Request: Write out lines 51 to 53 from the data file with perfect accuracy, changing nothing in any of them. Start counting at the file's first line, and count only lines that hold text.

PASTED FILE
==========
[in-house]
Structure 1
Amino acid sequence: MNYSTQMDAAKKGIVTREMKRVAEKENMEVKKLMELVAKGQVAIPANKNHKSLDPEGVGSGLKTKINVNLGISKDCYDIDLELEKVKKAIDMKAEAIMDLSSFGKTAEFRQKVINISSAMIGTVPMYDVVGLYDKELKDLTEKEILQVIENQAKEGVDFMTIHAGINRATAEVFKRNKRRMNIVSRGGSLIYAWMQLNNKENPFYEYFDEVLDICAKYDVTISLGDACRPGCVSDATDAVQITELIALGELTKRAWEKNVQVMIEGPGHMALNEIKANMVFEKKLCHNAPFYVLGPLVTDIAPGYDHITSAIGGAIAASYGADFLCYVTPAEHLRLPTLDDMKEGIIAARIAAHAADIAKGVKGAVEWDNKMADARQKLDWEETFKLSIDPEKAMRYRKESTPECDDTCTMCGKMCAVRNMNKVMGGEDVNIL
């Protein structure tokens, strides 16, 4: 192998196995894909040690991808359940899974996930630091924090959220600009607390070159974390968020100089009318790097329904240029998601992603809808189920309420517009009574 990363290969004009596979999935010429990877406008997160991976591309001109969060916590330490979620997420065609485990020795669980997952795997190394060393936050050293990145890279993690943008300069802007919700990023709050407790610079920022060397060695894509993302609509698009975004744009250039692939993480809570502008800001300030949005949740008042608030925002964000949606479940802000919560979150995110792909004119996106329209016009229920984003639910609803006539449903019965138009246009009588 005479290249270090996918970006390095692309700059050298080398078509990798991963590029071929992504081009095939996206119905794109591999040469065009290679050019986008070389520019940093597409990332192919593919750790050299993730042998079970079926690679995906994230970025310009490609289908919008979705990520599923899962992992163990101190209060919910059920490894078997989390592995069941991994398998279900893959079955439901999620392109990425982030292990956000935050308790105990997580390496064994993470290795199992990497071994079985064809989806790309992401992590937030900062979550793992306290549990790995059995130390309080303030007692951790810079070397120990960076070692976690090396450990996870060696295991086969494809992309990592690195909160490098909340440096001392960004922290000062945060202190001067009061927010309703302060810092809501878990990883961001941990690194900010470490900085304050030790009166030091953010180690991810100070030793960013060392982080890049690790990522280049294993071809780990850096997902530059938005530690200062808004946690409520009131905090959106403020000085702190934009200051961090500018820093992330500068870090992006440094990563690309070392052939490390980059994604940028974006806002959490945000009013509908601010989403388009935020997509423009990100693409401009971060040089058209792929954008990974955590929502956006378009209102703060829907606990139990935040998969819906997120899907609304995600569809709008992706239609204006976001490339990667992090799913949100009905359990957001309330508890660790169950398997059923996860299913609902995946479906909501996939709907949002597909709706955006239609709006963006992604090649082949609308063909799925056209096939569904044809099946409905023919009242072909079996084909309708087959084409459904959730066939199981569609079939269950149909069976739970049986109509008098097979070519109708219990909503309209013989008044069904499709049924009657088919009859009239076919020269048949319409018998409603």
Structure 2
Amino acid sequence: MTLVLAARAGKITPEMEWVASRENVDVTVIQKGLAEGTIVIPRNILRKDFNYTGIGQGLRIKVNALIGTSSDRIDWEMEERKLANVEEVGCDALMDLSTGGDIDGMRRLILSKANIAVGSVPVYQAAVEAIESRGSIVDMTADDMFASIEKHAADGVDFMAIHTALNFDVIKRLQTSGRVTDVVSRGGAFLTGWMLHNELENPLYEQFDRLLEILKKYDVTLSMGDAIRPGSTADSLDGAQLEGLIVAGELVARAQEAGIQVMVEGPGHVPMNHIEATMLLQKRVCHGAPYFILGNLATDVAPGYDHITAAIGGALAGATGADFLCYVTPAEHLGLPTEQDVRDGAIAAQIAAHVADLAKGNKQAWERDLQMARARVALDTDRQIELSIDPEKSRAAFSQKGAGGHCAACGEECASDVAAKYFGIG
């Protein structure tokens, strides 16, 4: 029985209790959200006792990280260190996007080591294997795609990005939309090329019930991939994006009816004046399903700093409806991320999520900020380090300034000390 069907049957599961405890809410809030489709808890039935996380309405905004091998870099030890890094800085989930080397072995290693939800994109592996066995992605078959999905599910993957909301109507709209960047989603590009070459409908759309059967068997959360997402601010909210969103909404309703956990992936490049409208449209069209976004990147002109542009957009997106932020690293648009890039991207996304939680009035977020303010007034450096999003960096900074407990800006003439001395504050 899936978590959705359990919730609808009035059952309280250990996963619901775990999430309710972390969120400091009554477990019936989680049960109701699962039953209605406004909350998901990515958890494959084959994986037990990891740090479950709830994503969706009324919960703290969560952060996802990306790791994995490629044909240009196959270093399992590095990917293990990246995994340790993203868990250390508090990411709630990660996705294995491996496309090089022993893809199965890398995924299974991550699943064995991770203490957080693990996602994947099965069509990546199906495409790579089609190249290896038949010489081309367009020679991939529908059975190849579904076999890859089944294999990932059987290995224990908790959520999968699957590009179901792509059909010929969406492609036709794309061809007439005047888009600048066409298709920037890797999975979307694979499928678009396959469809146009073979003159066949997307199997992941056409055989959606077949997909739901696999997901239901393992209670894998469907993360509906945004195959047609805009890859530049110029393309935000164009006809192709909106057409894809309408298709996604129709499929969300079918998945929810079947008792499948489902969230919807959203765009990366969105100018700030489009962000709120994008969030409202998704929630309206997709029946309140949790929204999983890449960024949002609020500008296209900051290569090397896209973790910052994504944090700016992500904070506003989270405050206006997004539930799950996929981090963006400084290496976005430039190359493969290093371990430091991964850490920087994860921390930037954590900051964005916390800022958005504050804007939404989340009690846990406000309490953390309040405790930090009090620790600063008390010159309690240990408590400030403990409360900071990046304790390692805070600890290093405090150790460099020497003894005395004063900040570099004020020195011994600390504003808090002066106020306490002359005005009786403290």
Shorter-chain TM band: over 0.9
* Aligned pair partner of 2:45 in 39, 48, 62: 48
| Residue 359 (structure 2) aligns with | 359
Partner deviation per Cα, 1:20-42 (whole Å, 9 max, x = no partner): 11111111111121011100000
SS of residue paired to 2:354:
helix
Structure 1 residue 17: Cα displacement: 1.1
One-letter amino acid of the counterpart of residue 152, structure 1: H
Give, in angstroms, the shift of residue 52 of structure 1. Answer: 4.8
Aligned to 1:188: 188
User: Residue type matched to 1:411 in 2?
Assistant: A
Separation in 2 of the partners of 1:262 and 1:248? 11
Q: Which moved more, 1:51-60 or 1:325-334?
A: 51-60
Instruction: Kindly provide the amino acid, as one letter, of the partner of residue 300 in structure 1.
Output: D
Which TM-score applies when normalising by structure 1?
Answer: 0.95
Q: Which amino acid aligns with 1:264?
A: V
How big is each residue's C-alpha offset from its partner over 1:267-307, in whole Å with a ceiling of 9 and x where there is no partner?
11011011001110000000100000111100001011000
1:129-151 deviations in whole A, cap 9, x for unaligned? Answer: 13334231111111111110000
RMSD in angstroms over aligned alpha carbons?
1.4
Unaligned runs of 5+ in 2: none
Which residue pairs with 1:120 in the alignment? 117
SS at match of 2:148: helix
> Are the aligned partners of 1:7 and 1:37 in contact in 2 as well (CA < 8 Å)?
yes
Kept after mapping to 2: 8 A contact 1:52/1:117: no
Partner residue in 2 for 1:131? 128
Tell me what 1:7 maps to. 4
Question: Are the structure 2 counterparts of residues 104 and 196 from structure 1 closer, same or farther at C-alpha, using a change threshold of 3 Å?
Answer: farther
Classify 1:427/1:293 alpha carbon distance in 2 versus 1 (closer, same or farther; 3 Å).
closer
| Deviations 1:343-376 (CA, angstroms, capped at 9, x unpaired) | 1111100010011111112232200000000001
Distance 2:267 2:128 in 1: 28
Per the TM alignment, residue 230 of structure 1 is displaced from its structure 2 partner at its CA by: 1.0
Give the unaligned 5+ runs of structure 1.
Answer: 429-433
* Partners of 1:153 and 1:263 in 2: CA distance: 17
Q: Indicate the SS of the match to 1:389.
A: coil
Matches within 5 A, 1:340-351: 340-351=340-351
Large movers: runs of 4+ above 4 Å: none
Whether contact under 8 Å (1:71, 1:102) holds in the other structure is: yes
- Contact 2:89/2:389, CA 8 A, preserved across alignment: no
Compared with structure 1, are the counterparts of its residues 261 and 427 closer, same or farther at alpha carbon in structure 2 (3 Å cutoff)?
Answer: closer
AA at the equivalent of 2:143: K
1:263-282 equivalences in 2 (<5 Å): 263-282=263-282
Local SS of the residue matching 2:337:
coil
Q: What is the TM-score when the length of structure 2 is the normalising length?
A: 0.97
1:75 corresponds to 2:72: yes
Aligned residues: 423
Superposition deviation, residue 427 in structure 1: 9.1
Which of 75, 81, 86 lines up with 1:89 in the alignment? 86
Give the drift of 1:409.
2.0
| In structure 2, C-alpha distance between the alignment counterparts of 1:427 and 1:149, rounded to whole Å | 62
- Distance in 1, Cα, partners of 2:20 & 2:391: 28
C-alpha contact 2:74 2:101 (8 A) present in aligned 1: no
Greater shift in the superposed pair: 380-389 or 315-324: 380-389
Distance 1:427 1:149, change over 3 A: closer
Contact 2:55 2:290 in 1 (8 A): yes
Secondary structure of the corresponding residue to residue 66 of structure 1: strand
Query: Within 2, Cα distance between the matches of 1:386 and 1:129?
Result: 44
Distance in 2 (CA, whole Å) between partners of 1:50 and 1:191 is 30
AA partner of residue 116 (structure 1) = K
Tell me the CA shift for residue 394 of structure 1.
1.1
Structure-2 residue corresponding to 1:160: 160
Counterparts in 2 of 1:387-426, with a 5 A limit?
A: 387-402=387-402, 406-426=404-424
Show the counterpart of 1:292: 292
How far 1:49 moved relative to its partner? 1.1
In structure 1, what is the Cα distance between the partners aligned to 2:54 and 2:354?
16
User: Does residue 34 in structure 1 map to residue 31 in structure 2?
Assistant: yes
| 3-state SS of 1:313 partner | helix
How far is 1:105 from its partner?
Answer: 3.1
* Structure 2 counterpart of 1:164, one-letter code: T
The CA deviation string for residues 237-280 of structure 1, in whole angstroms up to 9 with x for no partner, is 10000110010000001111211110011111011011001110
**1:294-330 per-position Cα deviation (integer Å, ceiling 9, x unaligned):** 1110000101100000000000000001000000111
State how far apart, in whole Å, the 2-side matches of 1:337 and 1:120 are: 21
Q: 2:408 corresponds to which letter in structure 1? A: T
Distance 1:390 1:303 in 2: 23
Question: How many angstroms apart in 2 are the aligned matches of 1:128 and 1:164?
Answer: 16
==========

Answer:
* Partners of 1:153 and 1:263 in 2: CA distance: 17
Q: Indicate the SS of the match to 1:389.
A: coil